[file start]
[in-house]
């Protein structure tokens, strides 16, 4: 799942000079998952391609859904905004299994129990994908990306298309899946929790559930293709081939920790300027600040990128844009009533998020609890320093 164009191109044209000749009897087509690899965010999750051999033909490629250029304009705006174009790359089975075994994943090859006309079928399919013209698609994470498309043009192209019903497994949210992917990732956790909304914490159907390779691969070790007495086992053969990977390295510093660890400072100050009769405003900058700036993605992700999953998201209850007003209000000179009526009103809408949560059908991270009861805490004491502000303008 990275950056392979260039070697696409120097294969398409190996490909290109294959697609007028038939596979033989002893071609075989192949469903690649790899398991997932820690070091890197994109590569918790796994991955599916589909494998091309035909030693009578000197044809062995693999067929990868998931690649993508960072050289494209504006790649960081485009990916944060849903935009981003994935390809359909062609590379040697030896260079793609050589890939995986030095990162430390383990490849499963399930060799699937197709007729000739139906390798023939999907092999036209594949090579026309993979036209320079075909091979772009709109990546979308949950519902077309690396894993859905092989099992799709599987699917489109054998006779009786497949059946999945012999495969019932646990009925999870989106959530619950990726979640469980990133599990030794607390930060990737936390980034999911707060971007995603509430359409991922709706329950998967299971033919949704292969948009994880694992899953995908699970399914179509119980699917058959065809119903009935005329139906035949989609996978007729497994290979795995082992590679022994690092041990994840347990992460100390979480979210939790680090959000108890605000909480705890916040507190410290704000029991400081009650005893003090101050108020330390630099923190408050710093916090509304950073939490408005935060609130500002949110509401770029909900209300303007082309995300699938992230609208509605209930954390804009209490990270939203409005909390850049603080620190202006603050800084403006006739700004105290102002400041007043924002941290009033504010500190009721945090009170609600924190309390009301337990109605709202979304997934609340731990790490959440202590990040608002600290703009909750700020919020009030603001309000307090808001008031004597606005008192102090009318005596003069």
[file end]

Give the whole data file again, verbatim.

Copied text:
[in-house]
């Protein structure tokens, strides 16, 4: 799942000079998952391609859904905004299994129990994908990306298309899946929790559930293709081939920790300027600040990128844009009533998020609890320093 164009191109044209000749009897087509690899965010999750051999033909490629250029304009705006174009790359089975075994994943090859006309079928399919013209698609994470498309043009192209019903497994949210992917990732956790909304914490159907390779691969070790007495086992053969990977390295510093660890400072100050009769405003900058700036993605992700999953998201209850007003209000000179009526009103809408949560059908991270009861805490004491502000303008 990275950056392979260039070697696409120097294969398409190996490909290109294959697609007028038939596979033989002893071609075989192949469903690649790899398991997932820690070091890197994109590569918790796994991955599916589909494998091309035909030693009578000197044809062995693999067929990868998931690649993508960072050289494209504006790649960081485009990916944060849903935009981003994935390809359909062609590379040697030896260079793609050589890939995986030095990162430390383990490849499963399930060799699937197709007729000739139906390798023939999907092999036209594949090579026309993979036209320079075909091979772009709109990546979308949950519902077309690396894993859905092989099992799709599987699917489109054998006779009786497949059946999945012999495969019932646990009925999870989106959530619950990726979640469980990133599990030794607390930060990737936390980034999911707060971007995603509430359409991922709706329950998967299971033919949704292969948009994880694992899953995908699970399914179509119980699917058959065809119903009935005329139906035949989609996978007729497994290979795995082992590679022994690092041990994840347990992460100390979480979210939790680090959000108890605000909480705890916040507190410290704000029991400081009650005893003090101050108020330390630099923190408050710093916090509304950073939490408005935060609130500002949110509401770029909900209300303007082309995300699938992230609208509605209930954390804009209490990270939203409005909390850049603080620190202006603050800084403006006739700004105290102002400041007043924002941290009033504010500190009721945090009170609600924190309390009301337990109605709202979304997934609340731990790490959440202590990040608002600290703009909750700020919020009030603001309000307090808001008031004597606005008192102090009318005596003069």